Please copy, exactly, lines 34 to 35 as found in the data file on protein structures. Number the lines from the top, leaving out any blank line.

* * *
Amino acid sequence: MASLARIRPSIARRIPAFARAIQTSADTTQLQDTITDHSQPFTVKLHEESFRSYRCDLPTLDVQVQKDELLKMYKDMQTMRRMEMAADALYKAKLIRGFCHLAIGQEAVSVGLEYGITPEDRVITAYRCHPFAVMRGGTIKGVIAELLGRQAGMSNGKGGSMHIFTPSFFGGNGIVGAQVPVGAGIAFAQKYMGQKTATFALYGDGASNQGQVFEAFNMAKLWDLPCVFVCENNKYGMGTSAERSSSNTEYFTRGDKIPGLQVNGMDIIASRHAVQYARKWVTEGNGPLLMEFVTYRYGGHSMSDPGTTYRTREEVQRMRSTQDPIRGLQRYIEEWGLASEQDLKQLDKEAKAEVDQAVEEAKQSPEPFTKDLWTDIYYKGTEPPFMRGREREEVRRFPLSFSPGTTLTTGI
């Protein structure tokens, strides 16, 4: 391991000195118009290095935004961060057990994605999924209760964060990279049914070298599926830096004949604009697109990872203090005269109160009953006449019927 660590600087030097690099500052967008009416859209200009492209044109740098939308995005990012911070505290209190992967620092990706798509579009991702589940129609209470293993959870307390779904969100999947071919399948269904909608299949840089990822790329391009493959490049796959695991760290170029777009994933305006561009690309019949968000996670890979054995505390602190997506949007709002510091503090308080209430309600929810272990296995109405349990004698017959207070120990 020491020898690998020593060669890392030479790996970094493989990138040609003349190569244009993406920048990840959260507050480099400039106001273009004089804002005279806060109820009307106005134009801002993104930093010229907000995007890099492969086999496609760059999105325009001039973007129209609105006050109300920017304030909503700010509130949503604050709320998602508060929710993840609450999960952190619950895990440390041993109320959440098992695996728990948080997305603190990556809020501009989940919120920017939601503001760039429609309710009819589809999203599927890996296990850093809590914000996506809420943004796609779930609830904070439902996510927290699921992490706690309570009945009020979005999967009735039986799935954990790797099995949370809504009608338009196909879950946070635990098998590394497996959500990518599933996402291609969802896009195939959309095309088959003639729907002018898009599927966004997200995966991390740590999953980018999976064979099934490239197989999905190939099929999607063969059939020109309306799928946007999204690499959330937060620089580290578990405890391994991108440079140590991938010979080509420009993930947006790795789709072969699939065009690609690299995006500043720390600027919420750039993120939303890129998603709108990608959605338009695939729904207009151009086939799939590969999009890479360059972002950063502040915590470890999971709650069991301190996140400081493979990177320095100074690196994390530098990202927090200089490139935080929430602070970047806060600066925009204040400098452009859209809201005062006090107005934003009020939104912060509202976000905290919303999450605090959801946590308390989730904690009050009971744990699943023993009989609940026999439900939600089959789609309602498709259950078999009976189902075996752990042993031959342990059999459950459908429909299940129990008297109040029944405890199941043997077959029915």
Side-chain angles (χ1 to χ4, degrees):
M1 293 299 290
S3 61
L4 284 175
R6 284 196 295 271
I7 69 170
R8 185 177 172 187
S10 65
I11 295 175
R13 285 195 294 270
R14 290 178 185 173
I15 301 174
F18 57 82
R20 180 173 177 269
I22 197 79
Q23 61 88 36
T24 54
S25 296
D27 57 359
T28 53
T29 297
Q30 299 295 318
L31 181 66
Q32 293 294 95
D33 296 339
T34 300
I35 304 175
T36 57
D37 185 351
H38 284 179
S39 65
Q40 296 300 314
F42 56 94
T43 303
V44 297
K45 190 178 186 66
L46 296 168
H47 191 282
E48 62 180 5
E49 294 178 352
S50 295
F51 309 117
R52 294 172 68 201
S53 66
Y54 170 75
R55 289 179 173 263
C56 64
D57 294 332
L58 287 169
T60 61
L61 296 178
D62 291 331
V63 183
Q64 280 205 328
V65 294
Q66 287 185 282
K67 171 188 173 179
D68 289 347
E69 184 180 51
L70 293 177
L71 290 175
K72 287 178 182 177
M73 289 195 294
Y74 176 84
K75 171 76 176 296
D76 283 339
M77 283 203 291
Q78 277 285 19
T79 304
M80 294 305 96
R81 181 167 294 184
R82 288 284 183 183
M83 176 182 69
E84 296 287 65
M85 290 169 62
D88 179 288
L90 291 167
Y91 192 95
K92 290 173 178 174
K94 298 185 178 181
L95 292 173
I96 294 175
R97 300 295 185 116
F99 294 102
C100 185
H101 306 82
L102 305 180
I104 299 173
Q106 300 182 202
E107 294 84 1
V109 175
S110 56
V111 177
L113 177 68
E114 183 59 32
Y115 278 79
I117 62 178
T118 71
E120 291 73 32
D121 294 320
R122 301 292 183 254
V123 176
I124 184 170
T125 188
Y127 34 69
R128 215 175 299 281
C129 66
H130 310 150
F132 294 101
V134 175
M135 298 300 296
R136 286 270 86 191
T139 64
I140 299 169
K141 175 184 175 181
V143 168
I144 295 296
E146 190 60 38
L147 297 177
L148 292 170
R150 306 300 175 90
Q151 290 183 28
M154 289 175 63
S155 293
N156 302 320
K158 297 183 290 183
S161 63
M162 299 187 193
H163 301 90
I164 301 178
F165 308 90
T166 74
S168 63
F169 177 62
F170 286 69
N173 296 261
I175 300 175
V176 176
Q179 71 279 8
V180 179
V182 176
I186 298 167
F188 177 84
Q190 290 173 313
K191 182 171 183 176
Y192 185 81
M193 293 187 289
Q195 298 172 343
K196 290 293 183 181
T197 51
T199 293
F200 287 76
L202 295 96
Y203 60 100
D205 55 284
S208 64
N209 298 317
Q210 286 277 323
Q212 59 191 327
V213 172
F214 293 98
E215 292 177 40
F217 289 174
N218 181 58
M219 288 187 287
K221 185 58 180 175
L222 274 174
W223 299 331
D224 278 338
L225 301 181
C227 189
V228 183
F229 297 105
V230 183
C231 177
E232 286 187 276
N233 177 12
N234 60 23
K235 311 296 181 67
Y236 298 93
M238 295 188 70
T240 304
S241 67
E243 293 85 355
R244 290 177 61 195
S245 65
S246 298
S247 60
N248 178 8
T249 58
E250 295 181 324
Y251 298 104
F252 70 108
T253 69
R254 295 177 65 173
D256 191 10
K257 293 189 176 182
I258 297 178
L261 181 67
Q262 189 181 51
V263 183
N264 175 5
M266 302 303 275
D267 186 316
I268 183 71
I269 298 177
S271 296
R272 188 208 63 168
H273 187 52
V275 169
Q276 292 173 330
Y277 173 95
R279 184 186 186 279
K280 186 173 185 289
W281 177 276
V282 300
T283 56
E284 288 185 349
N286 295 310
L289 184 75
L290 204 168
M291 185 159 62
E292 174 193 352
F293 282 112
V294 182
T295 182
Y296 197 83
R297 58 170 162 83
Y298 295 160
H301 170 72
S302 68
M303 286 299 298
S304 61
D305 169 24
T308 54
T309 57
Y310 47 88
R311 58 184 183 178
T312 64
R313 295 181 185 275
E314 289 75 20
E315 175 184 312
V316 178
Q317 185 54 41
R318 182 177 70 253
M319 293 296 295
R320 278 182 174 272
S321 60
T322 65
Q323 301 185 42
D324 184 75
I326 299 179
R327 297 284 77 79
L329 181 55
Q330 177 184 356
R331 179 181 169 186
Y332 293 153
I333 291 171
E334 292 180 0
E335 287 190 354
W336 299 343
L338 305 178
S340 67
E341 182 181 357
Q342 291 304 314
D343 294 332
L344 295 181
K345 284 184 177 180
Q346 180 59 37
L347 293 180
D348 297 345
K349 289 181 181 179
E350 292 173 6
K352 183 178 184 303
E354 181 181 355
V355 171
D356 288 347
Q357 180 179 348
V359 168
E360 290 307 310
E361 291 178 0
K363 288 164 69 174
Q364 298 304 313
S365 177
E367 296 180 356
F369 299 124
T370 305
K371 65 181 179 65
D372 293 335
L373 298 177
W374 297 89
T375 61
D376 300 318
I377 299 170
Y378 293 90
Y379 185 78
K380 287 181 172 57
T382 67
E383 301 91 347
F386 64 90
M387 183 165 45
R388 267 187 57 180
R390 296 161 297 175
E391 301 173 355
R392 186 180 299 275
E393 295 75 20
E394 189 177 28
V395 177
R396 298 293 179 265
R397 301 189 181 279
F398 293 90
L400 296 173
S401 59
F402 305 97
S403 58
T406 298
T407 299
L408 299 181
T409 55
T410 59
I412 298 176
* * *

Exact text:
Q40 296 300 314
F42 56 94